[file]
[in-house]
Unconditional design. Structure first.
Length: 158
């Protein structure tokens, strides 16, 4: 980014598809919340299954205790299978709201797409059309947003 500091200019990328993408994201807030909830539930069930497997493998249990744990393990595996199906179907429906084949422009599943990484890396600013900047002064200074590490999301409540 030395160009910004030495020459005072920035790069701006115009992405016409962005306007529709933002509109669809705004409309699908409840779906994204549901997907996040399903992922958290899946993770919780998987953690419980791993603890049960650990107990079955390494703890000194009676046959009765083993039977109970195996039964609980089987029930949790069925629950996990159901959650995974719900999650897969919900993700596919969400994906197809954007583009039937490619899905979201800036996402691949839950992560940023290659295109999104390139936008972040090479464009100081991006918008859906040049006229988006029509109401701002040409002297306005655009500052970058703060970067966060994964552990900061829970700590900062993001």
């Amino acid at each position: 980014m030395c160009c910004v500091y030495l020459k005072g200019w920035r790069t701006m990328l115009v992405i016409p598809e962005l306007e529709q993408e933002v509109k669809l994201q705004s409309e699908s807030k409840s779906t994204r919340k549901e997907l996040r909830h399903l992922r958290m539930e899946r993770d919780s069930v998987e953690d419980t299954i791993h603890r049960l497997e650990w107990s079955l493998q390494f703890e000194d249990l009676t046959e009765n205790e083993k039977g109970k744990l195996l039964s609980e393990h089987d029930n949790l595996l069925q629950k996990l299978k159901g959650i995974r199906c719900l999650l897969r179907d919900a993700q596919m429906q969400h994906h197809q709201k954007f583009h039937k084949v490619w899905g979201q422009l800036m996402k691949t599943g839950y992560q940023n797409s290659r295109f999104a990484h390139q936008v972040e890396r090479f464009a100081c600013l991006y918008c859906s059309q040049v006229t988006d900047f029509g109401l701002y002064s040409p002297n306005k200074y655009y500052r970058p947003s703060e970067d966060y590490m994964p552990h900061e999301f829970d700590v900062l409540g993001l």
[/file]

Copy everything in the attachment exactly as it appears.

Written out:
[in-house]
Unconditional design. Structure first.
Length: 158
């Protein structure tokens, strides 16, 4: 980014598809919340299954205790299978709201797409059309947003 500091200019990328993408994201807030909830539930069930497997493998249990744990393990595996199906179907429906084949422009599943990484890396600013900047002064200074590490999301409540 030395160009910004030495020459005072920035790069701006115009992405016409962005306007529709933002509109669809705004409309699908409840779906994204549901997907996040399903992922958290899946993770919780998987953690419980791993603890049960650990107990079955390494703890000194009676046959009765083993039977109970195996039964609980089987029930949790069925629950996990159901959650995974719900999650897969919900993700596919969400994906197809954007583009039937490619899905979201800036996402691949839950992560940023290659295109999104390139936008972040090479464009100081991006918008859906040049006229988006029509109401701002040409002297306005655009500052970058703060970067966060994964552990900061829970700590900062993001």
């Amino acid at each position: 980014m030395c160009c910004v500091y030495l020459k005072g200019w920035r790069t701006m990328l115009v992405i016409p598809e962005l306007e529709q993408e933002v509109k669809l994201q705004s409309e699908s807030k409840s779906t994204r919340k549901e997907l996040r909830h399903l992922r958290m539930e899946r993770d919780s069930v998987e953690d419980t299954i791993h603890r049960l497997e650990w107990s079955l493998q390494f703890e000194d249990l009676t046959e009765n205790e083993k039977g109970k744990l195996l039964s609980e393990h089987d029930n949790l595996l069925q629950k996990l299978k159901g959650i995974r199906c719900l999650l897969r179907d919900a993700q596919m429906q969400h994906h197809q709201k954007f583009h039937k084949v490619w899905g979201q422009l800036m996402k691949t599943g839950y992560q940023n797409s290659r295109f999104a990484h390139q936008v972040e890396r090479f464009a100081c600013l991006y918008c859906s059309q040049v006229t988006d900047f029509g109401l701002y002064s040409p002297n306005k200074y655009y500052r970058p947003s703060e970067d966060y590490m994964p552990h900061e999301f829970d700590v900062l409540g993001l």